Madagascar itself is home to a dazzling array of plant and animal species, which emerged in relative isolation from other regions. For decades there have been large scale efforts to encourage conservation efforts on the island; some of these have been ill fated, failing to take into account the needs and motivations of local human communities, who are often deeply impoverished and vulnerable. We hope our elephant bird will inspire conversations with our visitors and stakeholders about ways to integrate conservation, social justice, and sustainable community development, on Madagascar and everywhere else.

What’s in a Name?

The ancient Malagasy term for elephant bird appears to have been “Vorombe.” We are wondering what we should term our elephant bird once “they” arrives. (Because we can’t tell from the skeleton the sex of this specimen, we are inclined to use a gender-neutral pronoun in this instance!) Playfully, we are planning on having a naming contest for the new arrival. Please send your suggested names to museum@msu.edu and we will put the question to a vote by all our visitors: everyone will have a chance to vote on the final list of names, by giving a modest donation at the front desk. (Donations support the planned elephant bird exhibition upstairs, to open in 2021.) In the meantime, we expect the skeleton will tower behind the front desk, as they wait for the new name.

As a sociocultural anthropologist, I am intrigued by why we feel such a need to name nature’s beings. Naming practices vary dramatically across human cultures, yet all human societies engage in naming plants and animals, and these names often reveal subtle and sophisticated lines of thought about the similarities and differences between organisms, and about human nature itself. It was long thought that naming plants and animals was a convenient way of keeping track, in small scale human societies, of species that were useful to human survival. Yet the great French anthropologist Claude Levi-Strauss points out that many cultures engage in naming hundreds or even thousands of flora and fauna that have no biological or economic utility, although they may play important roles in mythology or ritual performance. As Levi- Strauss puts it, in his inimitable, paradoxical fashion, “plants and animals are not known because they are useful; they are useful because they are known.” He also suggests that the human mind is endlessly drawn to classifying natural organisms and that these classification systems are fundamental to the operations of the human mind, especially in pondering the enigmatic dynamics of self and other in the context of society. In his oft-repeated phrase, animals and plants are not just good to eat; they are “good to think.”

So what precisely will we find “good to think,” as we debate names for our new elephant bird? The name “Jumbo” would evoke the well-known, if rather tragic, story of the African bull elephant whose mother was killed by hunters in 1860 in Sudan, and who was subsequently exhibited in Paris, London, and then in America by P.T. Barnum, before being senselessly killed by a moving train. “Big Bird” would summon up happier memories of the benevolent Sesame Street costumed character so beloved by generations of children, (Alas, trademark restrictions preclude us adopting that particular name.)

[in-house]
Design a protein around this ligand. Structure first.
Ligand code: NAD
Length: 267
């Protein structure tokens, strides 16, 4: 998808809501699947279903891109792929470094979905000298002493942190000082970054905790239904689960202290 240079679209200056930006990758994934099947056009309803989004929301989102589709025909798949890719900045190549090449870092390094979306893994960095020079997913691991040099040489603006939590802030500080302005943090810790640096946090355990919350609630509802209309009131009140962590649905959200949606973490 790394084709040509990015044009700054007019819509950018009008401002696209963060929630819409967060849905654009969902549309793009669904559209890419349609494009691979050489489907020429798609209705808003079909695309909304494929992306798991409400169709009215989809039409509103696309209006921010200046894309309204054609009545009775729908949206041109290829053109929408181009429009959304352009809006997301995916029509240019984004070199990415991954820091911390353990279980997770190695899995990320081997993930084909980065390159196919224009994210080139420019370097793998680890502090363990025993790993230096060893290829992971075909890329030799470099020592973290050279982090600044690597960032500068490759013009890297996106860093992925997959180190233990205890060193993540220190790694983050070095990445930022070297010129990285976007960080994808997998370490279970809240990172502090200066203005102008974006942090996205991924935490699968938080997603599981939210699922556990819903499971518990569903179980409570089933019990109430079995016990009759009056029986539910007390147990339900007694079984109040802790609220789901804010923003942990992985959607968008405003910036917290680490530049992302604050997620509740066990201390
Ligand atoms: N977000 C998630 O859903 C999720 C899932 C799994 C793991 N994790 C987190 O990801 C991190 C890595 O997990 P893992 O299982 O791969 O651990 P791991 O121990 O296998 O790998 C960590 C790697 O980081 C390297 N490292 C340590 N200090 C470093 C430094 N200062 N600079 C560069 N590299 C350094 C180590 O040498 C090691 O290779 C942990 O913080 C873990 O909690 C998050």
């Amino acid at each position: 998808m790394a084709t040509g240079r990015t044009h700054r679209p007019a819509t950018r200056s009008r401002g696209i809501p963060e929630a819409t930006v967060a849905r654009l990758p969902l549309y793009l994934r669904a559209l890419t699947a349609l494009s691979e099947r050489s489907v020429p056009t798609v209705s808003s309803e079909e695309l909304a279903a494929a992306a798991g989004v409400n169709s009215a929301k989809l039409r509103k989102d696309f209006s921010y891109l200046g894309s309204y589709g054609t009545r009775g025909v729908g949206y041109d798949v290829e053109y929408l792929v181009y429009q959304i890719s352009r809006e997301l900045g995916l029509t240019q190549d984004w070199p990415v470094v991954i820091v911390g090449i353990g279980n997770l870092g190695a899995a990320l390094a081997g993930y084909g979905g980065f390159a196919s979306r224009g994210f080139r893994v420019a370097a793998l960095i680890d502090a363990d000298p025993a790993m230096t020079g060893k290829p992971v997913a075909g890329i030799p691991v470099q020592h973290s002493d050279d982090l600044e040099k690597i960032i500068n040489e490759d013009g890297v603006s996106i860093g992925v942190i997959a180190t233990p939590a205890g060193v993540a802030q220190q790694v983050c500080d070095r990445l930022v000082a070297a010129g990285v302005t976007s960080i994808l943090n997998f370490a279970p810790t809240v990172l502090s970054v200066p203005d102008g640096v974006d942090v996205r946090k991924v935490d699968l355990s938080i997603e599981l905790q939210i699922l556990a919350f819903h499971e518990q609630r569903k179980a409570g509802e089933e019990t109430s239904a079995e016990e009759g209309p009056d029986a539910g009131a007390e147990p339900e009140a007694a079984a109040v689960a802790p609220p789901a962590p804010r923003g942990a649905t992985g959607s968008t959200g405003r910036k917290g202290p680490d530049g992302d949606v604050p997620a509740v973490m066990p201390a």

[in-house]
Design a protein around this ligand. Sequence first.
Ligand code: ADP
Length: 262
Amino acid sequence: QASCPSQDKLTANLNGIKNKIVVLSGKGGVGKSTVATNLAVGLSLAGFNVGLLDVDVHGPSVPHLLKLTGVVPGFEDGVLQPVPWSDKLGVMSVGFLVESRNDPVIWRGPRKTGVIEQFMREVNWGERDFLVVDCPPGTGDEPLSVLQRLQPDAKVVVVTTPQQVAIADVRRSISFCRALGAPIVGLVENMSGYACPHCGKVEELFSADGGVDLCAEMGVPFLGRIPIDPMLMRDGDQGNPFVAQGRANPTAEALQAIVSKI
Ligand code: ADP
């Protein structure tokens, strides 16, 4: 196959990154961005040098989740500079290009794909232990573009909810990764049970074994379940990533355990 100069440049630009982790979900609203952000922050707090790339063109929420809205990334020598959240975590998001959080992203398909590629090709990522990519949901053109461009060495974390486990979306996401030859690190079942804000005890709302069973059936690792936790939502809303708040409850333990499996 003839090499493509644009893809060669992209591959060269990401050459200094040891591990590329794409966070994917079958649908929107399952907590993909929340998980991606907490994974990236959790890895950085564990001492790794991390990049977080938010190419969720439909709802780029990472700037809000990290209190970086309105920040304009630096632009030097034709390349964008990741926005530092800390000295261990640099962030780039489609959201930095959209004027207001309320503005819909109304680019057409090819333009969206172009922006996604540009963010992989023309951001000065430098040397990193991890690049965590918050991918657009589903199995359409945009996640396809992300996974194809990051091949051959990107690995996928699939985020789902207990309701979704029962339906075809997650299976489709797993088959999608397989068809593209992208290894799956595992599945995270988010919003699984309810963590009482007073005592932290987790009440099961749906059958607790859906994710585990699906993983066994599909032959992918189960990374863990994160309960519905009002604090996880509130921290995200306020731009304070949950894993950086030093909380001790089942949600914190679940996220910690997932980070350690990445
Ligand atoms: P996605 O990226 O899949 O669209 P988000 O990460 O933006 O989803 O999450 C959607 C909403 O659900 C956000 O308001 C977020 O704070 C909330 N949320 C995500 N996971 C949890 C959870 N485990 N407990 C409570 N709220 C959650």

Whatever name is ultimately chosen, the urge to name is testament to our deep-seated human intuition that we hold kinship with representatives of the non-human world. This sense of relatedness and connection though naming can extend to animals, plants, landscape features on earth or in space, and human made artifacts. Even the R.R.S. “Boaty McBoatface,” the oft-ridiculed British crowd-sourced name for a prominent research ship, betrays a desire to project the most deeply human characteristic, the face itself, onto a non-human entity, and in so doing, to make it part of our human family.

Retaining Wonder

Artists’ rendition of an elephant bird By Alannis - Own work, CC BY-SA 3.0, https://commons.wikimedia.org/w/index.php?curid=14915708

Artists’ rendition of an elephant bird By Alannis – Own work, CC BY-SA 3.0, https://commons.wikimedia.org/w/index.php?curid=14915708

As humans we are inevitably fixated on paradox and contradiction, on phenomena that don’t quite fit into our pre-existing structures of thought. (Hence perhaps our particular fascination with gargantuan flightless birds, a seeming contradiction in terms.) At the same time, the moment we encounter something that violates our conventional conceptual categories, we seek to re-encompass it within familiar habits of thought, including by naming it. Museums themselves are monuments to this paradoxical double desire: we seek to apprehend all that which is emphatically not us (not of our culture, not of our species, not of our world) while simultaneously trying to grasp that which connects us to alternate forms of existence. In striving to comprehend others, from distant places and far off times, we come to better understand ourselves, to ponder what we have been and what we might become.

As we name the elephant bird, our cherished ambassador from a distant island and a long lost epoch, we hope to welcome them into our extended family here at the Museum, into a community dedicated to boundless curiosity about the universe and our place within it. The replicated bones of this grand skeleton are, strictly speaking, inanimate. Yet museums are places that almost magically bring back long lost things to life, and we look forward to re-animating the Elephant Bird, and in turn being rejuvenated ourselves, in the presence of this magnificent creature.

Finally, we are delighted that the elephant bird’s arrival (and associated naming contest) heralds the coming to the Museum of our long-awaited core attraction, the MSU Federal Credit Union “Science On a Sphere,” to be unveiled on Wednesday, November 13 at 5:30 pm in our new gallery on the first floor. The system will allow our students and faculty to author breathtaking animated visualizations of natural and social phenomena, speeding across a rotating globe in living color. With any luck, our students and curators will dream up immersive three-dimensional renditions of how elephant birds and kiwi evolved on islands far apart from one another, along evolutionary pathways that were both convergent and unique. Others may choose to illustrate in three dimensions the Tales of Sinbad and the mythical flying roc, plucking elephants into the air, or map out exciting conservation and species recovery programs now being developed by MSU researchers and students all across our imperiled planet. The elephant bird will tower over all us, a powerful reminder of the beautiful fragility of life, and of our boundless capacity for wonder in the face of an ever-mysterious and still-entrancing world.

Remember, please send your suggested name for the elephant bird to museum@msu.edu. And be sure to stop by the Museum in October to cast your vote for the best name!